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For example I have a Cobb-Douglas utility function $U(x,y)$ and I want to check the monotonicity property. Can I use the marginal utility functions to see that they are always positive to conclude that $U(x,y)$ has the monotonicity property?

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    $\begingroup$ What exactly do you mean by the monotonicity property? Can you provide a definition? (Doing so may help you answer the question yourself.) $\endgroup$ – Giskard Sep 21 '19 at 16:29
  • $\begingroup$ Hi Giskard, Monotone is that for any $x,y\in X$, if $y\gg x$, then $y\succ x$. That means that the agent prefers all consumption bundles that have more of all goods $\endgroup$ – neto333 Sep 21 '19 at 17:06
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    $\begingroup$ I suppose you could, but why not just look at that function and determine whether it is increasing with each argument? Or look at the marginal utility of $y$ and determine if it had a larger effect on the utility function than $x$ does such that it satisfies the definition of monotone you provided in the above comment $\endgroup$ – Brennan Sep 21 '19 at 23:34
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Yes. But you should review the definition of monotonicity (and perhaps of marginal utility) so that you understand why.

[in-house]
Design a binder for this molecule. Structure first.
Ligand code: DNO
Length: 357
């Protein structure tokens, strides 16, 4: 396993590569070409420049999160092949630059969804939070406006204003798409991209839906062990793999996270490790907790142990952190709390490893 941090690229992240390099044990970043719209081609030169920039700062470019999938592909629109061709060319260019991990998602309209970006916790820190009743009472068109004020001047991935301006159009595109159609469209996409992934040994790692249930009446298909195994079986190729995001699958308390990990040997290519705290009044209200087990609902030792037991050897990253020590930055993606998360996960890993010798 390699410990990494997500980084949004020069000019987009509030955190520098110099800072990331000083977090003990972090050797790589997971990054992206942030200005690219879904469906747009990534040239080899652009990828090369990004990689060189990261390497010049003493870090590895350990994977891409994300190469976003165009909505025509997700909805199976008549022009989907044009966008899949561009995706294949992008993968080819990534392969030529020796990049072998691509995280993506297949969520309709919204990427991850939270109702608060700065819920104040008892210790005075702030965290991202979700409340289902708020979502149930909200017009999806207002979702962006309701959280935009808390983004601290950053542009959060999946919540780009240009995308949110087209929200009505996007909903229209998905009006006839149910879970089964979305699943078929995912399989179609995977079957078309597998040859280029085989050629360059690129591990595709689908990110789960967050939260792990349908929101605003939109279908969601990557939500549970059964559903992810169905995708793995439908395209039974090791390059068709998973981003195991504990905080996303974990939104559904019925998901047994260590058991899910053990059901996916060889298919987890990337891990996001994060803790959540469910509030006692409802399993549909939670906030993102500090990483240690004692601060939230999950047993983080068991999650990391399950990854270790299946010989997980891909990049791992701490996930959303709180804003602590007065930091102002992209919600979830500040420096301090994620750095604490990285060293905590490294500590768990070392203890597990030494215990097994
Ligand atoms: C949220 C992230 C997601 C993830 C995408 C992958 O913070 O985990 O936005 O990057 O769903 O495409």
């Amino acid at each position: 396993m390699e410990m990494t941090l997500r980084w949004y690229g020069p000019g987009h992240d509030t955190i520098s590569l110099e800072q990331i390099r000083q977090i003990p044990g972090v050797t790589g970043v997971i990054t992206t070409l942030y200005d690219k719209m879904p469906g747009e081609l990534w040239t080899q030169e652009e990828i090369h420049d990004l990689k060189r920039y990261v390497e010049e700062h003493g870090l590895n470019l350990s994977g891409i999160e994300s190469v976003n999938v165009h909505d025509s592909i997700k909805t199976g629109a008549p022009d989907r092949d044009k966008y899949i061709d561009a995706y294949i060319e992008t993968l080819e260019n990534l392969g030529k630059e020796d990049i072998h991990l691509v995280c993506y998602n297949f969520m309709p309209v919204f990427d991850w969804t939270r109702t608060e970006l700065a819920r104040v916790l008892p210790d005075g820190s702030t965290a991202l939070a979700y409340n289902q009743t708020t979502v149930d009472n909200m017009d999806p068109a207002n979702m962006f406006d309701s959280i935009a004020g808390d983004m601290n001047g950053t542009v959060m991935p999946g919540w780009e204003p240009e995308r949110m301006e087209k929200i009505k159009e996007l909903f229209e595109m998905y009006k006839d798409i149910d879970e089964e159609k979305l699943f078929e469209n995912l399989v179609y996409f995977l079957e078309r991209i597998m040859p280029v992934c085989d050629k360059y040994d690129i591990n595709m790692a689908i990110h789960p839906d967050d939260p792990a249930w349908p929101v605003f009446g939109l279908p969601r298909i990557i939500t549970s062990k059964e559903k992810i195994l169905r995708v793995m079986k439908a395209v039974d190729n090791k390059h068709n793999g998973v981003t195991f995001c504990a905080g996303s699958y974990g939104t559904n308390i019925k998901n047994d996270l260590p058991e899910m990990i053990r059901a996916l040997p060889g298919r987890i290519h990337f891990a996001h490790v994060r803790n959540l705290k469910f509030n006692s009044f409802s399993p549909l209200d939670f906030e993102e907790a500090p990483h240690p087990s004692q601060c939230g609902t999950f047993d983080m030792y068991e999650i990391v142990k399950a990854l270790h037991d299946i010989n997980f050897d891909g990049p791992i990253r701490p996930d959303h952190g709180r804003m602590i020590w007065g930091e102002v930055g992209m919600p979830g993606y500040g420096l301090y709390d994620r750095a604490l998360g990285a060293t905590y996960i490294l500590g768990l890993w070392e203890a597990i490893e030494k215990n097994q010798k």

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Consider $f:\mathbb{R}\to\mathbb{R}$ which has a positive derivative. Then by the fundamental theorem of calc we have

$$f(a)=\int_{0}^a\frac{df}{dx}dx-f(0)$$

Therefore, $f$ is monotonic (you are integrating a positive function over a larger area when you increase $x$). For a function $U$ of two variables with positive partial derivatives we have similar results: If $a,b>0$ then $U(x,y)<U(x+a,y)$ and $U(x,y)<U(x,y+b)$. This follows because we can always fix $y_0$ and view $U(x,y_0)$ as a function of one variable call it $f_{y_0}(x)$. Then $\frac{\partial U}{\partial x}(x,y_0)=\frac{df_{y_0}}{dx}(x)$ and apply the above results.

Hence we have,

$$U(x,y)<U(x+a,y)<U(x+a,y+b)$$

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